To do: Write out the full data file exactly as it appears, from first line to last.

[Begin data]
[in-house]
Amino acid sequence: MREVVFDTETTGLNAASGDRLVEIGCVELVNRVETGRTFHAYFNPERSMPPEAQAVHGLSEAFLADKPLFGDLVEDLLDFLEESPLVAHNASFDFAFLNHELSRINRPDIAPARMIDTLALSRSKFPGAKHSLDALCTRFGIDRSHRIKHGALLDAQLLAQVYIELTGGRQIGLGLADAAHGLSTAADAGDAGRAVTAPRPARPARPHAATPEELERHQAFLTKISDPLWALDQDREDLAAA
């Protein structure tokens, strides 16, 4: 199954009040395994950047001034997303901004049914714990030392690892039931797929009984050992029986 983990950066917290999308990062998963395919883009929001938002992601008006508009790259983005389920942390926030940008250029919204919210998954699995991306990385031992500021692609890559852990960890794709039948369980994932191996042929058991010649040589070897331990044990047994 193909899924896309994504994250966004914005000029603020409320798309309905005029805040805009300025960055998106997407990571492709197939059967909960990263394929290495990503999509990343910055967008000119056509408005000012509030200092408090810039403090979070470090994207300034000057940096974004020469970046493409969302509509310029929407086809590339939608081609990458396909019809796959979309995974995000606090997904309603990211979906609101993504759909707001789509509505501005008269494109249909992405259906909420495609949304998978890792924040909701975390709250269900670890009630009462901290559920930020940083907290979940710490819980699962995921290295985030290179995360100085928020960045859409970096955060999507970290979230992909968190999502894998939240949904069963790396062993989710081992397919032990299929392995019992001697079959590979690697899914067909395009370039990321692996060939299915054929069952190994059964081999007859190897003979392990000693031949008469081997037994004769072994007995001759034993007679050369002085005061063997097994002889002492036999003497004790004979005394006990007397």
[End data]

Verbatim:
[in-house]
Amino acid sequence: MREVVFDTETTGLNAASGDRLVEIGCVELVNRVETGRTFHAYFNPERSMPPEAQAVHGLSEAFLADKPLFGDLVEDLLDFLEESPLVAHNASFDFAFLNHELSRINRPDIAPARMIDTLALSRSKFPGAKHSLDALCTRFGIDRSHRIKHGALLDAQLLAQVYIELTGGRQIGLGLADAAHGLSTAADAGDAGRAVTAPRPARPARPHAATPEELERHQAFLTKISDPLWALDQDREDLAAA
């Protein structure tokens, strides 16, 4: 199954009040395994950047001034997303901004049914714990030392690892039931797929009984050992029986 983990950066917290999308990062998963395919883009929001938002992601008006508009790259983005389920942390926030940008250029919204919210998954699995991306990385031992500021692609890559852990960890794709039948369980994932191996042929058991010649040589070897331990044990047994 193909899924896309994504994250966004914005000029603020409320798309309905005029805040805009300025960055998106997407990571492709197939059967909960990263394929290495990503999509990343910055967008000119056509408005000012509030200092408090810039403090979070470090994207300034000057940096974004020469970046493409969302509509310029929407086809590339939608081609990458396909019809796959979309995974995000606090997904309603990211979906609101993504759909707001789509509505501005008269494109249909992405259906909420495609949304998978890792924040909701975390709250269900670890009630009462901290559920930020940083907290979940710490819980699962995921290295985030290179995360100085928020960045859409970096955060999507970290979230992909968190999502894998939240949904069963790396062993989710081992397919032990299929392995019992001697079959590979690697899914067909395009370039990321692996060939299915054929069952190994059964081999007859190897003979392990000693031949008469081997037994004769072994007995001759034993007679050369002085005061063997097994002889002492036999003497004790004979005394006990007397």